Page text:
If the transfer of equity is made pursuant to an Order of the Court, then Insolvency Indemnity Insurance is not required. In other cases, where a property is being transferred at less than market value between joint owners, an Insolvency Act Indemnity Insurance policy may be required. This is something that that your conveyancing solicitor will check with Keystone Property Finance This is because, if the outgoing party is made bankrupt in the future, their Trustee in Bankruptcy could argue that they had transferred the property in order to avoid their creditors and apply to the Court to have the transaction set aside. If this happens, it could affect your lender or a future buyer from you as they would lose the property and the lender may not get back
what they have loaned to you. The Insolvency Act Indemnity Insurance policy only protects
lenders such as Keystone Property Finance or future buyers from you. If there is no mortgage and the outgoing owner is made bankrupt, there is a risk to you that you could lose your home if the transfer is set aside. The cost of the Insolvency Act Indemnity Insurance policy varies based on the valuation of the property at finalisation of the transfer of equity conveyancing.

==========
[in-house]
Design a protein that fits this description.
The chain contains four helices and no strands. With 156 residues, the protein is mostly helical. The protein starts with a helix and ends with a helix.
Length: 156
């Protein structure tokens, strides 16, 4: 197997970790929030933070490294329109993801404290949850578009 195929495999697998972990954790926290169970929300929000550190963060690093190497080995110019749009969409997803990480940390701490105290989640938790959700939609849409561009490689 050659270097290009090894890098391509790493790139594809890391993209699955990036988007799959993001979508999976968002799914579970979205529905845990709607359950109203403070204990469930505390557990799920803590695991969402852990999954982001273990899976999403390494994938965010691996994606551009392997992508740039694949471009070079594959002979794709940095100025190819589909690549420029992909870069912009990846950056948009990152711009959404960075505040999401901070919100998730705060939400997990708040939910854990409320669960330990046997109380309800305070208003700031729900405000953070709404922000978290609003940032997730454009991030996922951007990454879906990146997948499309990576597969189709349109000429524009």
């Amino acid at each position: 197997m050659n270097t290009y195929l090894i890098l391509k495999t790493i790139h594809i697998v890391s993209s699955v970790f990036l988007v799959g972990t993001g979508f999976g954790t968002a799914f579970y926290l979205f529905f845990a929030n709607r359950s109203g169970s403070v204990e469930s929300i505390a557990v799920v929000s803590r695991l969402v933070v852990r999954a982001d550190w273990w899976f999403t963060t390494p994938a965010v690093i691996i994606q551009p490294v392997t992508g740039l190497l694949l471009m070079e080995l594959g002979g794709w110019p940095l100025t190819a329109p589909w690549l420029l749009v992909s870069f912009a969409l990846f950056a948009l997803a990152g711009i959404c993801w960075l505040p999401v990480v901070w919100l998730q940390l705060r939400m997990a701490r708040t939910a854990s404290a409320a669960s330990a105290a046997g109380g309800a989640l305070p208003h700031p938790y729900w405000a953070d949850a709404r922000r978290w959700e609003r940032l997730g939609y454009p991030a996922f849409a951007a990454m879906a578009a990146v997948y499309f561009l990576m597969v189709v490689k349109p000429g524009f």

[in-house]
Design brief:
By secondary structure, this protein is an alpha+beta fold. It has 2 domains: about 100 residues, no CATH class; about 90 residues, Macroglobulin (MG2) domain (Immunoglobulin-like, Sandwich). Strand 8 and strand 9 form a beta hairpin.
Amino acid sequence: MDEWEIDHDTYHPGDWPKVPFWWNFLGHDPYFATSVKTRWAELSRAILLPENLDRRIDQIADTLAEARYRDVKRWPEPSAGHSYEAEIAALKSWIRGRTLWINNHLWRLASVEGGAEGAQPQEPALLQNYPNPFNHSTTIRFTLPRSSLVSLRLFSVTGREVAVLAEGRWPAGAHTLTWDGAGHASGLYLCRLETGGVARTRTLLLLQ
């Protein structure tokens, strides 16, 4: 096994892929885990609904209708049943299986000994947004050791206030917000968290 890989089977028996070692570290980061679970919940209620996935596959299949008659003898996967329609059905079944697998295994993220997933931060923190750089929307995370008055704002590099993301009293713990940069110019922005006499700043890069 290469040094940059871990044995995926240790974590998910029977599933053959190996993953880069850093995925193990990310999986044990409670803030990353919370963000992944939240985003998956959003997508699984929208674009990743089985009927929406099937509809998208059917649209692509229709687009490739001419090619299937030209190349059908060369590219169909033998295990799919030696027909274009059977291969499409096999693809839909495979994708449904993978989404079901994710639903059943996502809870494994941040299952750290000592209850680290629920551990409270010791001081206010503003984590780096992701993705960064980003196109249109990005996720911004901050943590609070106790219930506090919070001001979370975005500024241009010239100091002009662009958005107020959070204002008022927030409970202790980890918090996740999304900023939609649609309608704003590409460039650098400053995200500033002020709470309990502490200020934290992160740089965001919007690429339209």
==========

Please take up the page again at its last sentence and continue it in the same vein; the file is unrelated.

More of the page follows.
If you do not keep up the payments on your mortgage with Keystone Property Finance your property may be repossessed.
Preparing the Transfer of Equity with a Keystone Property Finance Mortgage
When it comes to preparing the the Land Registry documents your conveyancing solicitor should in the ‘consideration’ panel choose the first option, if consideration is given; otherwise ignore the consideration panel altogether.